Degenerative disc disease may qualify you for Social Security Disability benefits. Pekas Smith Disability Attorneys are SSDI lawyers for degenerative disc disease. Contact us to see how we may assist with your claim.
If degenerative disc disease is keeping you out of work, you may qualify for disability payments. Our lawyers represent people with a range of disabling conditions in their applications for benefits.
We invite you to contact our team today. Let us examine your situation, determine what you may qualify to receive and answer your questions. Our team can handle all aspects of the case including the initial application and through appeals and court action.
Understanding Degenerative Disc Disease
Degenerative Disc Disease (DDD) is a generic term referring to deteriorative changes of the spine. It can result from an injury, or it can be progressive in nature. It may involve the cervical (neck), thoracic (mid-back), and lumbar (lower back) sections of the spine.
DDD and related disorders include:
- Disc herniation
- spinal stenosis
Symptoms vary depending on the cause of the DDD. Common symptoms include pain, decreased range of motion, muscle spasms, numbness, tingling, weakness, or sharp, radiating pain in your legs or arms if there is nerve root compromise (i.e. radiculopathy). Whether you work outdoors or at a desk, a bad back can inhibit your ability to perform work.
SSDI Approval for Degenerative Disc Disease
SSDI applications for degenerative disc disease are evaluated under the Social Security Blue Book Listing of Impairments Section 1.15 (formerly 1.04). Section 1.15 broadly encompasses spinal disorders resulting in the compromise of a nerve root.
Simply having degenerative disc disease by itself doesn’t qualify someone for disability payments. This is because many back issues are relatively minor, intermittent or likely to improve with treatment. Remember that a common qualifier for disability benefits is that the medical condition is expected to last one year or more.
Social Security is for long-term problems. Degenerative disc disease often is a long-term problem, and a successful application for benefits must communicate the severity and duration of the medical condition.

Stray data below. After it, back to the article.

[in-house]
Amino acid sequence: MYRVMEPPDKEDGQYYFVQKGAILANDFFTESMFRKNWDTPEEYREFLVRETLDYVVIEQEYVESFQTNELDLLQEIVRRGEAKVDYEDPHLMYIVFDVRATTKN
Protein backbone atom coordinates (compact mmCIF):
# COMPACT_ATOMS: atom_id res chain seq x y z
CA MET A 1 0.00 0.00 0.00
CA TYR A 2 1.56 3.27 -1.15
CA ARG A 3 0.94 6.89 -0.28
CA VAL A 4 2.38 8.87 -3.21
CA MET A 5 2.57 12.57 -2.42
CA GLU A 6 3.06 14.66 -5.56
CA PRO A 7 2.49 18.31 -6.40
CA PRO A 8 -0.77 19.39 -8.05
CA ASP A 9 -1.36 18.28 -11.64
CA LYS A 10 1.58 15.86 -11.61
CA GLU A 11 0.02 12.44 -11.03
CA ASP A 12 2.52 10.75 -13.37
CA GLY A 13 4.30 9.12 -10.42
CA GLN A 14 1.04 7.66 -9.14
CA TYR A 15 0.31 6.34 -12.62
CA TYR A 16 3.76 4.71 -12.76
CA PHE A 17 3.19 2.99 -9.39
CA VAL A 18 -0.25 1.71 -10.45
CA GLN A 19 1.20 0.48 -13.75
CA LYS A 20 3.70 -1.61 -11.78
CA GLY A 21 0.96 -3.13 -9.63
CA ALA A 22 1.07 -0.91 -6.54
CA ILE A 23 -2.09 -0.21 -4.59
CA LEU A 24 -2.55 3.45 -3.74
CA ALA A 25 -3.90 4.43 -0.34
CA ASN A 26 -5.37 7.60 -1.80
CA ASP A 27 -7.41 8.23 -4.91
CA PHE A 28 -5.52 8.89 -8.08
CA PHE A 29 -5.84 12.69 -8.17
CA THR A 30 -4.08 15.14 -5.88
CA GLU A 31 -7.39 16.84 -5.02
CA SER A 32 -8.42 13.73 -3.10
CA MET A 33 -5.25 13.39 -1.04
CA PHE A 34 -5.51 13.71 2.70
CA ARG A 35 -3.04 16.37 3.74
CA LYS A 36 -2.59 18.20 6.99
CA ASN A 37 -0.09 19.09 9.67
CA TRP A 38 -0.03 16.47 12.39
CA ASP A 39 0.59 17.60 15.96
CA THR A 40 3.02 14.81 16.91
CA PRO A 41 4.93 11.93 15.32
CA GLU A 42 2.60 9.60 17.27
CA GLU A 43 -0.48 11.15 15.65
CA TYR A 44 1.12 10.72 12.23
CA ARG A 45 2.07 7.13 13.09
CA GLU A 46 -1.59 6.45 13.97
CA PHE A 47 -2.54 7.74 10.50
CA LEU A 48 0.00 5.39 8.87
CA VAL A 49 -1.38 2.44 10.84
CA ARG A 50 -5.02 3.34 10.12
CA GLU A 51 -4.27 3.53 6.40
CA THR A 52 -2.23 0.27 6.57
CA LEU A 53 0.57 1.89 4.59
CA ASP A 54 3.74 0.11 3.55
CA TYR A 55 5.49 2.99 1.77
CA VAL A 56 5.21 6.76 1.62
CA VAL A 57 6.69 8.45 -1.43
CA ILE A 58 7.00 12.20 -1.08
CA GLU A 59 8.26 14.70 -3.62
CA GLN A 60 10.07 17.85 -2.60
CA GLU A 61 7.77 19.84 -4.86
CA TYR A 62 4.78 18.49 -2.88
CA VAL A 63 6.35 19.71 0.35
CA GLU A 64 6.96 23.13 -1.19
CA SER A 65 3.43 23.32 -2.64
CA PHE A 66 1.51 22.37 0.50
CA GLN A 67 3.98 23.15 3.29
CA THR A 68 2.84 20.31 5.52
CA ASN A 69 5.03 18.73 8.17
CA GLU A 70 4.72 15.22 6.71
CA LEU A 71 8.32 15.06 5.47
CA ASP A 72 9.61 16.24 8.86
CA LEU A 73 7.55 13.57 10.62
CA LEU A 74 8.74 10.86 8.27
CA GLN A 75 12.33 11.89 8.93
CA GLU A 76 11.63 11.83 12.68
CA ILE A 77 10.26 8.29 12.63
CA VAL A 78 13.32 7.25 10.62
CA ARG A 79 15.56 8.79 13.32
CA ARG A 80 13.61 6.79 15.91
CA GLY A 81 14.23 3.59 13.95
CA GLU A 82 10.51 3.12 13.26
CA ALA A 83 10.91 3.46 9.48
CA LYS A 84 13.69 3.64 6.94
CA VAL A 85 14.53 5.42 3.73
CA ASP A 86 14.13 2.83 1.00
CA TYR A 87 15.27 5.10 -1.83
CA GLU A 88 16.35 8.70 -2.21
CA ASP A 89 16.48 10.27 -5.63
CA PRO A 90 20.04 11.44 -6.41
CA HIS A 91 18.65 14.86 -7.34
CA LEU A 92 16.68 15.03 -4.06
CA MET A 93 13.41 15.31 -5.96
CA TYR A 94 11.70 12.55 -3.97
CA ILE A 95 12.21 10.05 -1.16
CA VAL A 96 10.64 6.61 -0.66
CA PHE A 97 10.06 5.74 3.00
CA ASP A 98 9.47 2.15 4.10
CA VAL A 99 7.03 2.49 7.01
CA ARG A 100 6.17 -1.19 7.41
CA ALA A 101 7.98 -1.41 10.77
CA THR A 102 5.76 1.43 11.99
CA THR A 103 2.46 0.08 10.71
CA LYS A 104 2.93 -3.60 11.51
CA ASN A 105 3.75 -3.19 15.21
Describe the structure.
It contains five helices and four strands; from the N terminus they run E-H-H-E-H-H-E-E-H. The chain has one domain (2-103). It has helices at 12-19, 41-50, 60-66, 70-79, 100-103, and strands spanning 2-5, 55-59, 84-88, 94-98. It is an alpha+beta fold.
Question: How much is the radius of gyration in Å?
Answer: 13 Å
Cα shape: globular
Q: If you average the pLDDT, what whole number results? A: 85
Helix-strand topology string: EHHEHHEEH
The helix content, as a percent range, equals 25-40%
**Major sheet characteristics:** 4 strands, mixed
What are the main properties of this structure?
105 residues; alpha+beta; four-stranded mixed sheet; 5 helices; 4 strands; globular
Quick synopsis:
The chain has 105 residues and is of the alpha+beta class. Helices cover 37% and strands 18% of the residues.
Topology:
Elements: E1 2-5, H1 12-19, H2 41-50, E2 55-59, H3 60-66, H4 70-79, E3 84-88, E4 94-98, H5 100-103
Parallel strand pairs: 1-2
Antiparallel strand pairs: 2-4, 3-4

An applicant must prove:
- Symptoms of pain, paresthesia, or muscle fatigue.
- Signs present during physical examination or diagnostic testing. Muscle weakness and signs of irritation must be present. In addition, the person must have sensory decreases or deficits or decreased deep tendon reflexes.
- Imaging revealing compromise of nerve roots in the cervical or lumbosacral spine.
- Limitations of musculoskeletal functioning lasting, or expected to last, at least 12 continuous months. It must include the need for a mobility assistive device, an inability to use one upper extremity for work-related activities and requiring an assistive device, or the inability to use both upper extremities to perform work-related activities utilizing fine and gross motor movement.
Compromise of a nerve root
Social Security guidance explains that the compromise of a nerve root is when a physical object, like a:
- Herniated disc
- Foreign body
- Arthritic spur
pushes on the nerve. It must be seen on imaging or observed during surgery. It may be the result of a musculoskeletal disorder causing irritation, inflammation or compression of the nerve root. It is also called nerve root impingement.
Getting SSDI for degenerative disc disease is possible, but medical standards are high. To make your application a success, you must prove that you have the medical condition and show how it impacts your functioning to the extent required by the Listing of Impairments.
Our SSDI lawyers for degenerative disc disease understand the medical evidence required to qualify for payments. Our team can work to prepare the information needed as part of a complete application for benefits.
Consultations Available – Talk to SSDI Lawyers for Degenerative Disc Disease
Pekas Smith Disability Attorneys is currently taking new cases in Arizona and throughout the United States. We want your case to be successful. Our experienced and caring team can prepare your case, providing representation and guidance for your unique situation.
Consultations are available. Call or message us today to talk to an SSDI lawyer for degenerative disc disease.
Disability for Degenerative Disc Disease – FAQs
Does degenerative disc disease qualify for disability?
Degenerative disc disease may qualify for disability, but it is not automatic. It depends on how the person’s medical condition limits their ability to work.
Is degenerative disc disease a long-term disability?
Degenerative disc disease is typically permanent, though treatment may help. A person with degenerative disc disease may have a long-term disability.
Will degenerative disc disease put me in a wheelchair?
Some forms of degenerative disc disease result in stenosis, a compression of the spinal cord. When this happens, pain and weakness in the extremities may make a wheelchair or other mobility assistive device helpful for the person’s quality of life.
How does the SSDI Blue Book classify degenerative disc disease?
SSDI Blue Book Listing of Impairments does not specially mention degenerative disc disease. It falls under the broader classification of spinal disorders resulting in compromise of a nerve root, Section 1.15.